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April 29, 2017
Audit Provides Insight to State's Management Problems by Senator Kathleen Vinehout
Posted On: Apr 13, 2012

Audit Provides Insight to State’s Management Problems

 

How well did state government manage the $15 billion in federal money received last fiscal year? This is the subject of the annual “single” audit.
The nonpartisan Legislative Audit Bureau released their analysis of the state’s activities related to federal money. The audit provides insight into the management challenges within state government.
Three major problems came to light as I read the nearly 300 page document. All are related. State agencies computer systems do not adequately provide needed oversight; systems to adequately monitor those who receive federal dollars are either not in place or not followed; turnover in state employment is exceptionally high which leaves gaps in critical jobs.
In many programs auditors found documents missing; needed oversight not performed; compliance with federal rules not assured and inaccurate figures in reports. The inability to reconcile numbers between different accounting systems is a reoccurring theme.
Some state agencies were disbanded and employees laid-off or transferred. Auditors did not find records associated with the transferred programs. For example, records formerly held by the Department of Commerce (an agency disbanded by Governor Walker) were not available. When auditors were not provided adequate documents, they could not assure compliance with federal rules.
Errors existed in many reports. In one case a $40,000 error resulted from counting state money as federal money. In another case missing vendor payments for the Energy Assistance Program left an $800,000 understatement of federal money spent.
In the Department of Children and Families auditors found errors in reports due to staff turnover and limited review of work. For example, staff errors in data entry and miscalculations resulted in a claim of more than $96,000 in foster care services that were never performed. As a result of inaccurate reporting in first quarter of last year DCF over-charged the feds $1.9 million in foster care - money that had to be repaid.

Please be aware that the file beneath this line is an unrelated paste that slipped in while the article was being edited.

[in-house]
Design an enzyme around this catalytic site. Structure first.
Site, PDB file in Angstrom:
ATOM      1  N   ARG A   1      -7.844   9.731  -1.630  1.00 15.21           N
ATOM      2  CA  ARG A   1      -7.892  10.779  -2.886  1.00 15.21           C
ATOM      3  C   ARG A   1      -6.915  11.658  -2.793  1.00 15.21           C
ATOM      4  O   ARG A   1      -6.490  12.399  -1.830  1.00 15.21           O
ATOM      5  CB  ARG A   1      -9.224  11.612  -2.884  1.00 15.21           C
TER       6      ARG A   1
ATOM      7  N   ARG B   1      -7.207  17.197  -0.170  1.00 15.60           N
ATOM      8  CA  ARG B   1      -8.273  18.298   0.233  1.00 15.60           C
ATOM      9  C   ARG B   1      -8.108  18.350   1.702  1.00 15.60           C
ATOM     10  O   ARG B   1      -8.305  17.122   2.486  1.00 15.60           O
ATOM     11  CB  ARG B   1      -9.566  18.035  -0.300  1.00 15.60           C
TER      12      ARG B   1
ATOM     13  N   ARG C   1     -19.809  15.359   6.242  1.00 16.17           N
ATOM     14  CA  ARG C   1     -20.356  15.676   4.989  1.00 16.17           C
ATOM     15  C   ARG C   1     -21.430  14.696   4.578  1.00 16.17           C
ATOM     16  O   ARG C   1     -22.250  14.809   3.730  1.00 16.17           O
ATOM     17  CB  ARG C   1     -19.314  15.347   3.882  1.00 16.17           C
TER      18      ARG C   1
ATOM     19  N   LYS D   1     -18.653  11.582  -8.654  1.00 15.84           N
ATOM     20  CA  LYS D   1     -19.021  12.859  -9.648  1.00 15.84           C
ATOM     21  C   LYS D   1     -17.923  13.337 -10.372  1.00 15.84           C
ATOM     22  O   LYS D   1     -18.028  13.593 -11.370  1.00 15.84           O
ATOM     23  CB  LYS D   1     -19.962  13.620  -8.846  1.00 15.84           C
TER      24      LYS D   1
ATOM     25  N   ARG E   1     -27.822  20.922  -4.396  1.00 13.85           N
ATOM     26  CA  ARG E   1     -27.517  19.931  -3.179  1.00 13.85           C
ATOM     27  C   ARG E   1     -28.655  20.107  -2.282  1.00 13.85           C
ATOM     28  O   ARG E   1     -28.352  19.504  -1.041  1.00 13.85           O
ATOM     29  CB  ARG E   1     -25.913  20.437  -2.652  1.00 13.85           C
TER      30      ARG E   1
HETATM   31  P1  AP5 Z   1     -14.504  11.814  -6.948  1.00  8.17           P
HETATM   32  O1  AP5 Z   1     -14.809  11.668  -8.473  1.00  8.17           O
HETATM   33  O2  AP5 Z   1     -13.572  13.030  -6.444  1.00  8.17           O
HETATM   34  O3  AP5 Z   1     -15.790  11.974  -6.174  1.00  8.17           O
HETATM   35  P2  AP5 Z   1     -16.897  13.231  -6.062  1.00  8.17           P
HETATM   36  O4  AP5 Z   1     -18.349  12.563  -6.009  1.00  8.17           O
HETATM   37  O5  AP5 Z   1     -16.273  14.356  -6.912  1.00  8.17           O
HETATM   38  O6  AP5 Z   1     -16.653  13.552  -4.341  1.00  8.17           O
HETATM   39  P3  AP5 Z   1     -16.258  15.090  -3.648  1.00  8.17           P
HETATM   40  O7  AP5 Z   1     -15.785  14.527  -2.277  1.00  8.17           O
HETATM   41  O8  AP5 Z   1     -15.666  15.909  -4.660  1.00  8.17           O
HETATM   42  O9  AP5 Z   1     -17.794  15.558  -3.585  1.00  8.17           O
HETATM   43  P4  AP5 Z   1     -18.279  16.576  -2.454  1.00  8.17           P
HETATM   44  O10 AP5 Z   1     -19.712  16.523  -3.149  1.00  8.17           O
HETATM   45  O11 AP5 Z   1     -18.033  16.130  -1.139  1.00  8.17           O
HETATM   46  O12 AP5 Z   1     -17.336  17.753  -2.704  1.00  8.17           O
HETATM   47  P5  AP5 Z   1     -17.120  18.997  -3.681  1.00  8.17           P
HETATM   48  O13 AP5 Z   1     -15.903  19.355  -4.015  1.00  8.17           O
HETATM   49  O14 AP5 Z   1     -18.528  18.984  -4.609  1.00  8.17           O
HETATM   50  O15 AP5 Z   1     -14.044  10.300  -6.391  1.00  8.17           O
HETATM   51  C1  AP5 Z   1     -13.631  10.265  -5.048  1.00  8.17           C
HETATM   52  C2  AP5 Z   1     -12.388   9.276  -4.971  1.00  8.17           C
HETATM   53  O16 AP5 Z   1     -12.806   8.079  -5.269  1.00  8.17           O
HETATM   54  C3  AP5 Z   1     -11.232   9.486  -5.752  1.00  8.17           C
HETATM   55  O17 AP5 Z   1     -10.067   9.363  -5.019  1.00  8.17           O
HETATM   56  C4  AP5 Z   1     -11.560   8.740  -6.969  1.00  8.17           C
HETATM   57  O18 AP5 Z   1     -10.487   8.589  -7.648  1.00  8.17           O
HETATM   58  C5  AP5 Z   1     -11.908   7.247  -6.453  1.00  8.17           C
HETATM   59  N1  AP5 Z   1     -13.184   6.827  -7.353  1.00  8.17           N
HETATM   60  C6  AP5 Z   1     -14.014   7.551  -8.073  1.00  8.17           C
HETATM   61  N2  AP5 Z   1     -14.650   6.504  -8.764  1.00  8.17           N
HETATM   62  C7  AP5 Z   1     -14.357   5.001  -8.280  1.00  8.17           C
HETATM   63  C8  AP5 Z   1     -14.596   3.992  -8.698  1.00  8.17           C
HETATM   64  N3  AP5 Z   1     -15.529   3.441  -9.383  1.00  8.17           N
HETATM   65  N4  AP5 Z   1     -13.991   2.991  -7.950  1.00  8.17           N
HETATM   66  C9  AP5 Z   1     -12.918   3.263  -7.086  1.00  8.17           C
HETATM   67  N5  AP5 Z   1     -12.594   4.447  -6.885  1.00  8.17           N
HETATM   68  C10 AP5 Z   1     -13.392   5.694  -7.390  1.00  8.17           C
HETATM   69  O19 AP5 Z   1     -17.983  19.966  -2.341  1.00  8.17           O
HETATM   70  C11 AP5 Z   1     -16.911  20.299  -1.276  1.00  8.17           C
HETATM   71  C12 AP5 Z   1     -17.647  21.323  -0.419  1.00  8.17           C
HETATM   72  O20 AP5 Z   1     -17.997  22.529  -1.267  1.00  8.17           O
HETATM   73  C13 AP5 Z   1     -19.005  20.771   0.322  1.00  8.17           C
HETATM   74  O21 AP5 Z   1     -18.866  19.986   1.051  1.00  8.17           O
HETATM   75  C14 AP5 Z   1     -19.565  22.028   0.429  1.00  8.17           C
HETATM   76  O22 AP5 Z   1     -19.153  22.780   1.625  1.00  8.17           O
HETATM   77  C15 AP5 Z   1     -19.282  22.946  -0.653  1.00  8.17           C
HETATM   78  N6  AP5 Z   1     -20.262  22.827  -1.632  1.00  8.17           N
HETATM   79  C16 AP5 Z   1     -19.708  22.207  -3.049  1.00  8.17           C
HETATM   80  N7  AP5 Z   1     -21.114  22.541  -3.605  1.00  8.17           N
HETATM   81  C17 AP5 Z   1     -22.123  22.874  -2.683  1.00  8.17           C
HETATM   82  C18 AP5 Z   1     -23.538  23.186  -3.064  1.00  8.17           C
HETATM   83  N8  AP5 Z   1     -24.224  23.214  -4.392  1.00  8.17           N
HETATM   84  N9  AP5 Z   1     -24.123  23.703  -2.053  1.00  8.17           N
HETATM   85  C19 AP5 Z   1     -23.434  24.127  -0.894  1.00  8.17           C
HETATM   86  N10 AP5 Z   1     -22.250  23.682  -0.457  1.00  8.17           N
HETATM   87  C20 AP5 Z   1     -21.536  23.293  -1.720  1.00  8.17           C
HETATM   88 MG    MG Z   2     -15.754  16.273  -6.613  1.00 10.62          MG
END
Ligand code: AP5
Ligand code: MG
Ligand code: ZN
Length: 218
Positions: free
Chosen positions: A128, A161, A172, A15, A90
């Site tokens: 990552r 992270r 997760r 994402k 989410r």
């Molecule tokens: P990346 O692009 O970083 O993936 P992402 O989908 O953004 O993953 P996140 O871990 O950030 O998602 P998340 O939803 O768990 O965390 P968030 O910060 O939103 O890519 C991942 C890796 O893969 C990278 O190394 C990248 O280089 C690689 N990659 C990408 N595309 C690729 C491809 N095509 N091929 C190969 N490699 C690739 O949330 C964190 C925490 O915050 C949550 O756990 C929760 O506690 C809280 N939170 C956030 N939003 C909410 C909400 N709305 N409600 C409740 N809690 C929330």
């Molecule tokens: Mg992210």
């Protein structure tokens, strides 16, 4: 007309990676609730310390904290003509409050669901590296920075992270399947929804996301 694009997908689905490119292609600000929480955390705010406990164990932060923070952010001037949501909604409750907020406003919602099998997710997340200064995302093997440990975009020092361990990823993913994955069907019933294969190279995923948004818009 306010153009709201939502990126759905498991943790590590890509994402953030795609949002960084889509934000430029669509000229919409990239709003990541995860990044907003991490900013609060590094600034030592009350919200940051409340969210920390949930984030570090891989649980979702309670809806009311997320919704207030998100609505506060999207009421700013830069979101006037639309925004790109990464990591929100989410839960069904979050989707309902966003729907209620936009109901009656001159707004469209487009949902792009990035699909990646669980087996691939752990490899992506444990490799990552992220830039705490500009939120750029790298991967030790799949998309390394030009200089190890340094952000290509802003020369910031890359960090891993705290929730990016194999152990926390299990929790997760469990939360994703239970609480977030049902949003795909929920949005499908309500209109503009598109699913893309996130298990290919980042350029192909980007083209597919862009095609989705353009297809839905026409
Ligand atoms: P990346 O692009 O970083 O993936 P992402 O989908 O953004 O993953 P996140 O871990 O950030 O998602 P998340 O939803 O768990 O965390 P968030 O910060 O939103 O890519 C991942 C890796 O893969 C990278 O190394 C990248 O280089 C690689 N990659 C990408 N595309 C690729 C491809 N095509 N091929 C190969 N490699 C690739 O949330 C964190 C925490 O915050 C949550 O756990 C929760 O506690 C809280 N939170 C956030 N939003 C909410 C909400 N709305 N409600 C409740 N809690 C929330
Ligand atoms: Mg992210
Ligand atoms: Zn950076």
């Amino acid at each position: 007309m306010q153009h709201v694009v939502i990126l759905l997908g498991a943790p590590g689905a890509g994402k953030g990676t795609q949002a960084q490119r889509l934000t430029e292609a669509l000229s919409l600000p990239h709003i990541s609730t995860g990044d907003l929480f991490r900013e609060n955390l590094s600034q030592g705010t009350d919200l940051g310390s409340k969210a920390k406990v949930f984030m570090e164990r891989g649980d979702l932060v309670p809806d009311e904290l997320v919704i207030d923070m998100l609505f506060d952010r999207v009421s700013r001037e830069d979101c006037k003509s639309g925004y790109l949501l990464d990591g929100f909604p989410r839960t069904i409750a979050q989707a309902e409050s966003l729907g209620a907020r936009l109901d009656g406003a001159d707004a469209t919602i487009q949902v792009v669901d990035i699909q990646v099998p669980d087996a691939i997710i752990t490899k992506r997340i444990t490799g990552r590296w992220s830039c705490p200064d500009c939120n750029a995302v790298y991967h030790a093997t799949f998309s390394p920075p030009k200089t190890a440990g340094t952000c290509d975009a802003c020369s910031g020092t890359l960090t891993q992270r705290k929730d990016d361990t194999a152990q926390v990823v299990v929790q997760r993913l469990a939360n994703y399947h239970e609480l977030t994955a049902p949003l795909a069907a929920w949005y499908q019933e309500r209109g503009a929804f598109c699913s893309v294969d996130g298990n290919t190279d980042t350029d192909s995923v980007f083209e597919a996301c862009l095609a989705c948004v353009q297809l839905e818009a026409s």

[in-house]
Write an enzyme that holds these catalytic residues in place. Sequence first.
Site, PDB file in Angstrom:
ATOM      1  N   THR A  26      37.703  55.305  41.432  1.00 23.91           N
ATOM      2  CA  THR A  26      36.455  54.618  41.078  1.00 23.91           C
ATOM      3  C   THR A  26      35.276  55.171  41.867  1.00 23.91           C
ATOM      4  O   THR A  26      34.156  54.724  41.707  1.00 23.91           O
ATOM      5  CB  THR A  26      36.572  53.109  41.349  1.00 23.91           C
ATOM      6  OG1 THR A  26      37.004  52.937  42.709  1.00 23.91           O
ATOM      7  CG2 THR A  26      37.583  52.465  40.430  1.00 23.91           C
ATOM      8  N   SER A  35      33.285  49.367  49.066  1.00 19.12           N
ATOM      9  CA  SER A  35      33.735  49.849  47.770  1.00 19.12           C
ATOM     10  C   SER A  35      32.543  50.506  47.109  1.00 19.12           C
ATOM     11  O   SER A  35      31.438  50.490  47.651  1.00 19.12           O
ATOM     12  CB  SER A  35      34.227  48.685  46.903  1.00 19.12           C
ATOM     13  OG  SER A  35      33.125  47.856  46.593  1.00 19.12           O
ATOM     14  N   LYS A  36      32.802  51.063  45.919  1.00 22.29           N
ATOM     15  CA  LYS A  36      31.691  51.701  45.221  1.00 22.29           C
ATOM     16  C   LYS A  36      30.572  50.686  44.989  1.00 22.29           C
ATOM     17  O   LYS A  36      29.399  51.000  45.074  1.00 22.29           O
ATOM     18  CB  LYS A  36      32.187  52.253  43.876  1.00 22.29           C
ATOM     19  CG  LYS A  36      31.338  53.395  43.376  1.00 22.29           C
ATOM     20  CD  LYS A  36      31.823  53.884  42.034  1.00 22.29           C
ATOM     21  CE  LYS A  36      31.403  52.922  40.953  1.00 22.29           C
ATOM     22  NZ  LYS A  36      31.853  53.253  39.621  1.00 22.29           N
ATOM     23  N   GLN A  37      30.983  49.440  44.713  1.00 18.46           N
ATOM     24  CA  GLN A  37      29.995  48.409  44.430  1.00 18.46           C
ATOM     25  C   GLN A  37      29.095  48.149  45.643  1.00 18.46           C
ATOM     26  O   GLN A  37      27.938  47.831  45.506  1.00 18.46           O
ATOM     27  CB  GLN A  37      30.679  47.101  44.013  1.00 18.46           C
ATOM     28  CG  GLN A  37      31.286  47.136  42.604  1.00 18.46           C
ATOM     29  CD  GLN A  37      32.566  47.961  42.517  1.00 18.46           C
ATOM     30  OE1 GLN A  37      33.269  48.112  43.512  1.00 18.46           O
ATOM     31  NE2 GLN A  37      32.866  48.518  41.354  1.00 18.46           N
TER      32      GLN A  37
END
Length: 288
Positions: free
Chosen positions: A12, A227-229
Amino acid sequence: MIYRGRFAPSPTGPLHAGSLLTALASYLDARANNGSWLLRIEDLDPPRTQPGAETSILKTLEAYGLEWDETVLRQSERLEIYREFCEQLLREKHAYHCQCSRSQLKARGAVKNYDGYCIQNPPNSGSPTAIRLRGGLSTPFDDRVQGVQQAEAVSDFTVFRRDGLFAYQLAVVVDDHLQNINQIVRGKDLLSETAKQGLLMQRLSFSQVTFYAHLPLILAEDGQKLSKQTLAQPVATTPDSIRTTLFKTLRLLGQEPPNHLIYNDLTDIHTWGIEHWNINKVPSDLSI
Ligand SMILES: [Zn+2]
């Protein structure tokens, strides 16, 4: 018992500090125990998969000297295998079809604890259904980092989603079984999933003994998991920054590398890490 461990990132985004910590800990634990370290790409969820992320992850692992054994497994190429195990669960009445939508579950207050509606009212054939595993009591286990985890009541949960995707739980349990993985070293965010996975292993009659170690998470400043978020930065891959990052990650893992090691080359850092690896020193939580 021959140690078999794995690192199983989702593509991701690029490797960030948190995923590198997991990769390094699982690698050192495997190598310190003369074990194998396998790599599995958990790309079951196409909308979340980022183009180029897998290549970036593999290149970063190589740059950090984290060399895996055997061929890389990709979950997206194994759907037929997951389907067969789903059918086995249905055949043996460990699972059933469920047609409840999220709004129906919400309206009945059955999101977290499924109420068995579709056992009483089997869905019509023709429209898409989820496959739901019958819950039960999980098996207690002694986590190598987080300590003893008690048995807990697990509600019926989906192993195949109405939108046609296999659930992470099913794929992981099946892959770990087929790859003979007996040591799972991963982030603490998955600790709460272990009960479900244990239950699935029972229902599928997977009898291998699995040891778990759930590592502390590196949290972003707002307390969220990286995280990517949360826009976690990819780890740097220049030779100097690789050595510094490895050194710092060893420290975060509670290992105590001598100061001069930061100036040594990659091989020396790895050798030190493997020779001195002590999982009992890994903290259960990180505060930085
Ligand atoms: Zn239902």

A lack of oversight of state contractors and grant award recipients also plagues state government. Auditors found the state was not compliant with the federal Davis-Bacon Act that requires wages paid to certain workers to be no less than the US Department of Labor ‘prevailing wage’.
At the Department of Health Services, auditors found 1 in 5 audits of federal grant recipients were not performed on time. The Department said the delay was due to staff turnover and workload increase.
Similarly, other parts of state government failed to adequately monitor those receiving federal funds. For example, the Department of Transportation (DOT) awarded over $6 million in grants for transportation services to needy citizens. DOT failed to provide adequate oversight to these grant recipients, including any of the required site visits. Auditors found inaccurate financial reporting in all 13 financial reports submitted in April, 2011. Officials said staff turnover led to these inaccurate reports.
DOT also did not follow procedures or keep complete records on vehicles purchased under the federal transit programs. Officials blamed the lack of staff and promised to fill a position vacant since last February. Due to the lack of oversight, DOT could not be assured funds were being spent for the purposes of the transit program.
The errors in oversight can result in fines, sanctions or money returned to the federal government. In several cases, the state returned money to the federal government because mistakes were made and rules broken. For example, the Department of Health received a $2.7 million fine because a contract extension was not approved.
The state must provide careful management and oversight of money coming from the federal government through the state to local governments and contractors and vendors in the private sector. When the state fails to properly manage these funds, penalties and sanctions take precious money from state coffers to pay fines.
When state government functions are not adequately staffed, staff not adequately monitored and when proper systems are not in place, necessary oversight does not happen.
The single audit is complex because it reflects the complexity of federal programs. But the insight gained by studying the audit provides a blueprint we can use to ensure adequate oversight and management of state government.


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